I would say what they’re against, which is easier to define, is a philosophy of invite the world, invade the world. They are generally anti-intervention and anti-multiculturalism.
And they started to grow in 2007, as the Bush administration was falling to below 30 percent, was seen as discredited, was obviously going to help Democrats win the next election. Ron Paul’s campaign seeded some of this, but it really grew under the presidency of Barack Obama.
And they’re fairly young people. This is, I think, what’s worrying for a lot of progressives and a lot of people on the right, fairly young people, under 25, under 30, who have only known the Republican Party as a disappointment. And they have gravitated to these ideas which are very anti-immigrant, very anti-intervention.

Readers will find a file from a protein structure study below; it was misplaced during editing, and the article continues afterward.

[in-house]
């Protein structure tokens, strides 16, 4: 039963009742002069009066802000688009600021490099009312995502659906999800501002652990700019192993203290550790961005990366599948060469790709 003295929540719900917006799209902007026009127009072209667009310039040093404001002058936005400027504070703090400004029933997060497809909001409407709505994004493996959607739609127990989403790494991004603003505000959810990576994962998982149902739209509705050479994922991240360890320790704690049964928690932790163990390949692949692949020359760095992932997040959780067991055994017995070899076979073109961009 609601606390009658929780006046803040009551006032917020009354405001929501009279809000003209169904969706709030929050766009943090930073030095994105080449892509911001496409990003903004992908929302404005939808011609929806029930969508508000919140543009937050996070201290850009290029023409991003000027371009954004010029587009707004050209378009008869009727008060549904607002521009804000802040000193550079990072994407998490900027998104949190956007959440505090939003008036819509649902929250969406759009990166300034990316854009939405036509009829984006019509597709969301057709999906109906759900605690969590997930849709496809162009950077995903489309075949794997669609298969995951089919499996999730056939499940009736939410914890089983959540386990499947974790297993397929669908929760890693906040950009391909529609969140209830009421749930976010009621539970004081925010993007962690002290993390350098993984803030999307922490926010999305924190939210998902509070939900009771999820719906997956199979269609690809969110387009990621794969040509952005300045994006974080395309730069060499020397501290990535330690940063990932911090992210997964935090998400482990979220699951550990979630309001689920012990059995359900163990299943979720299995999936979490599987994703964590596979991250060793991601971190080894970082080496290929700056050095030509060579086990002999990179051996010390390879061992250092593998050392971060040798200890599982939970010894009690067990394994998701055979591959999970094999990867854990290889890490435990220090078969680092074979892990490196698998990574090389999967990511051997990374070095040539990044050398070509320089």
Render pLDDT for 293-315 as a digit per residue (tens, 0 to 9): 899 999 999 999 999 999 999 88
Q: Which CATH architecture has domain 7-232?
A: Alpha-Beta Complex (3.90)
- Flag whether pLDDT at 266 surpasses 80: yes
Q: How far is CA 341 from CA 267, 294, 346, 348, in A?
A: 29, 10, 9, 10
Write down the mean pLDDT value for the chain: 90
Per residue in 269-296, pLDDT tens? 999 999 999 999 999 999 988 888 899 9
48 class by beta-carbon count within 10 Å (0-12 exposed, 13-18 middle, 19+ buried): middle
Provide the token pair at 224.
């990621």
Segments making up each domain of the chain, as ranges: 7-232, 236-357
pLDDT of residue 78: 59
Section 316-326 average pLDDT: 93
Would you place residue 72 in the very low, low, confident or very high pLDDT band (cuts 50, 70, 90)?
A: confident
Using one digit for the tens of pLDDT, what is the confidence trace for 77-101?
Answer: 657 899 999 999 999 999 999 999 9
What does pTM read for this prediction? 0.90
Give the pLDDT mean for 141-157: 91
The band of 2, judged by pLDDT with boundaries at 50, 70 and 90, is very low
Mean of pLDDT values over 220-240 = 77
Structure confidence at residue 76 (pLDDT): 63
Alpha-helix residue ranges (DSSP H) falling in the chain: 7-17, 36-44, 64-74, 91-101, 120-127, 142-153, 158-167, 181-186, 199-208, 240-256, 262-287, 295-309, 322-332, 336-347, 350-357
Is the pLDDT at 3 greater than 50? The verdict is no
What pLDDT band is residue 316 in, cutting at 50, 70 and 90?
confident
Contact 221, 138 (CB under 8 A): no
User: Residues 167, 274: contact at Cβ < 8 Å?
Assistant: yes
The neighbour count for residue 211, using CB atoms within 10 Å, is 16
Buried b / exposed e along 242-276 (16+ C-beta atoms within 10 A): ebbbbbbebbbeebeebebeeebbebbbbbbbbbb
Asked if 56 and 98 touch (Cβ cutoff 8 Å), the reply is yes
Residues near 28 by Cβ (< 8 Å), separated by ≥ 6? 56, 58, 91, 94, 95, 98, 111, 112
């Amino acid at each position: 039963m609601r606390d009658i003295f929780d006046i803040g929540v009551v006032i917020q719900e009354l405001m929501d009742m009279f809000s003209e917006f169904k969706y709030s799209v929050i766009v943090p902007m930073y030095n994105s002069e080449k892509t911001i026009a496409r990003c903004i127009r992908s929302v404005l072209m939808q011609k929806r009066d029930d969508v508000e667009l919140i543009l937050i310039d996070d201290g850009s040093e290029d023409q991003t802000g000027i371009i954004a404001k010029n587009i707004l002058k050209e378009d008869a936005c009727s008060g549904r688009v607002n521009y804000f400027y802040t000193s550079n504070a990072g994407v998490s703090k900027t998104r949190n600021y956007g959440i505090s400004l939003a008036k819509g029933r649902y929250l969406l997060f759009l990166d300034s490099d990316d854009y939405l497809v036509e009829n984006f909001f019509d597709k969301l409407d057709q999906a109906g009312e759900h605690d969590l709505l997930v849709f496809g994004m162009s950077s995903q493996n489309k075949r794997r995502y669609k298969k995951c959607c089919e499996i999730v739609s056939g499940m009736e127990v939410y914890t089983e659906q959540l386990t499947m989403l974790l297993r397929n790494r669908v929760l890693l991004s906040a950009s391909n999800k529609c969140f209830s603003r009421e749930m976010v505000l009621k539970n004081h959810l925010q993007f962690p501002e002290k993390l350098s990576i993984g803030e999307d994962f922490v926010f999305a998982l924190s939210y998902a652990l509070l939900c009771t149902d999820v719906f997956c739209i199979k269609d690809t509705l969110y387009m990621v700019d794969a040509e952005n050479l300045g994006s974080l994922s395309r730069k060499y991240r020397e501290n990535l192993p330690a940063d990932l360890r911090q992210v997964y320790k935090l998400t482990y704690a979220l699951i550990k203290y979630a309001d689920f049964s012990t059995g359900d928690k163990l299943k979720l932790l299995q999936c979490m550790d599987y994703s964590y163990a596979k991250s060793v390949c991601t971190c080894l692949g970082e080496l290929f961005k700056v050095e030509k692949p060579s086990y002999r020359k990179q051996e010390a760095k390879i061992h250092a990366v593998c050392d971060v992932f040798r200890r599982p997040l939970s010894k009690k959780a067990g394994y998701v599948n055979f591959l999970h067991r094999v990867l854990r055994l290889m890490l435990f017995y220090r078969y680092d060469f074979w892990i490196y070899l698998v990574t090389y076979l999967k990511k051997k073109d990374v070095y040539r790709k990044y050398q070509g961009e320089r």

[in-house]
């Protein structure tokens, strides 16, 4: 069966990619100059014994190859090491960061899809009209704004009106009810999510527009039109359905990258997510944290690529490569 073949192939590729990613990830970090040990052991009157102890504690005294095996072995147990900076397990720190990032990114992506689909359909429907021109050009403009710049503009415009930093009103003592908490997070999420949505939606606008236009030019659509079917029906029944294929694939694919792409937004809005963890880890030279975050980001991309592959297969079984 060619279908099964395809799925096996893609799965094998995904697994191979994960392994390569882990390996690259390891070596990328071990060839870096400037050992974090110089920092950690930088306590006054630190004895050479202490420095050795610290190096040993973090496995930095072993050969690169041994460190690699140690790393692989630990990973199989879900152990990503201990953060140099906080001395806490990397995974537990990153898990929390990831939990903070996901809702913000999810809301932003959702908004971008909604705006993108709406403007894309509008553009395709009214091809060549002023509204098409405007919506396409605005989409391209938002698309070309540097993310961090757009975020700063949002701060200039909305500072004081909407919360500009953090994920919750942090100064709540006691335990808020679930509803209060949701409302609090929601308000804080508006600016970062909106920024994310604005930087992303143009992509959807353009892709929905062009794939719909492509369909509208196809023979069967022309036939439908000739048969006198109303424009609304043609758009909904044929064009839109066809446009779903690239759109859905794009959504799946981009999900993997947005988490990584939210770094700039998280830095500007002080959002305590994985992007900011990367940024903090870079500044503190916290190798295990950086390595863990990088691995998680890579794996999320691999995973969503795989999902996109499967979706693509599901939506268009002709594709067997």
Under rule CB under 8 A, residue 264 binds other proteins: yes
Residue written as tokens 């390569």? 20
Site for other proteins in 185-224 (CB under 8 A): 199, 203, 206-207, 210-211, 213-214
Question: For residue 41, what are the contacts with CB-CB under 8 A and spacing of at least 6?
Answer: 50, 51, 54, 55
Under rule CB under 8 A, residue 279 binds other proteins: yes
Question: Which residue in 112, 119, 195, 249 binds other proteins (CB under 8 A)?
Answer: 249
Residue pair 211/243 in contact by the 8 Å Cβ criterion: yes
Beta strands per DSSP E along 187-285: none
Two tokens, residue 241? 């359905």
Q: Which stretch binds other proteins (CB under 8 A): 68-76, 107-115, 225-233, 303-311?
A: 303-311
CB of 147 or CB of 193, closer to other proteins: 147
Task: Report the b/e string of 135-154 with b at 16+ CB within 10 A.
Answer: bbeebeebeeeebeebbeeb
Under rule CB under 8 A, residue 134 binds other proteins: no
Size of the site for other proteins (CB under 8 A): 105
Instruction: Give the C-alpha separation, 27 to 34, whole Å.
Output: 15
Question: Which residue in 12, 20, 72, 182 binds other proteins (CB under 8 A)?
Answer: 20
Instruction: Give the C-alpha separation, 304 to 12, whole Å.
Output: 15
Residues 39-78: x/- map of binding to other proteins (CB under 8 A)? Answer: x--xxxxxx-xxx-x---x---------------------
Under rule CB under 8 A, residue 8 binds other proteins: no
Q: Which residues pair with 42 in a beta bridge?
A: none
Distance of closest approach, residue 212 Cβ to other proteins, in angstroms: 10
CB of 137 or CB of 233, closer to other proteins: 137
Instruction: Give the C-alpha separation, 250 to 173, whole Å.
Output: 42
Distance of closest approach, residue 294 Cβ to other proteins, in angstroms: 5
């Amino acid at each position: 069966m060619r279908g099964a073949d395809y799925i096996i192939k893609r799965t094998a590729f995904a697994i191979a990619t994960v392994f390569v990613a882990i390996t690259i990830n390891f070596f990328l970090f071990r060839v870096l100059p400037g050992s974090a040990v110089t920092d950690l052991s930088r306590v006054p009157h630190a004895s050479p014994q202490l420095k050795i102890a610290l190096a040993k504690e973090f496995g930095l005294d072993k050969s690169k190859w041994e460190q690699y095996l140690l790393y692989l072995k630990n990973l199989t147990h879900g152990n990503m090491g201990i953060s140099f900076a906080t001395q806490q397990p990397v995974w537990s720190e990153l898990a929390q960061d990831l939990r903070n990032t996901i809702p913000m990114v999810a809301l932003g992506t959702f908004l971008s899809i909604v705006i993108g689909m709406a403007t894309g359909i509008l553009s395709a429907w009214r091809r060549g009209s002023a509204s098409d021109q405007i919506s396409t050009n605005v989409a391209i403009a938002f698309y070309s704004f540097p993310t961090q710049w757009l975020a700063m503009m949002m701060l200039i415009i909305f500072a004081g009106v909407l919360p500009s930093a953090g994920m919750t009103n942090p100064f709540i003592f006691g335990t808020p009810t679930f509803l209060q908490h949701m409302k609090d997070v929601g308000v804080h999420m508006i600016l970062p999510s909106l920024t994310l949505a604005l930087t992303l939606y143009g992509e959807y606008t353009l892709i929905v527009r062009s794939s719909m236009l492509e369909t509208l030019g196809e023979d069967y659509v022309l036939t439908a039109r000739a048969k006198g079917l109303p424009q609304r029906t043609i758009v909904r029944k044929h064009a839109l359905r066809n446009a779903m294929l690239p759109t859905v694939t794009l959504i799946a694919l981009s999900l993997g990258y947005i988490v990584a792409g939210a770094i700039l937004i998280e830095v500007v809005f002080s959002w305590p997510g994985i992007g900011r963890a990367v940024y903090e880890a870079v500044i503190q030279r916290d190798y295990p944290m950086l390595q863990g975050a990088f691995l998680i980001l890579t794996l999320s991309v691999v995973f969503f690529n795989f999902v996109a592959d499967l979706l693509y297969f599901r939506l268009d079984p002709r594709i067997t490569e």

JOHN YANG: And they’re getting a lot of attention, Dave, because of the anti-Semitic and anti-white — or — and white supremacist rhetoric. How central is that to their message and to what they believe in?
DAVID WEIGEL: It’s enabled in a lot of their messaging.
Not every alt-right thinker or activist is a white nationalist, by far, but there’s a sense that political correctness is a bigger problem than racism, and that racism is used as a cudgel for silencing what they want to say, what they want to argue about.
That’s, again, an older idea. Before the alt-right, there were paleoconservatives, like Sam Francis, like Pat Buchanan, who argued this and said, look, what the left wants to do to America, how it wants to import lots of immigrants, decrease the number of traditional white Americans, what they want to do is not popular, and they have to kind of Trojan a horse through culturally, and we’re against that.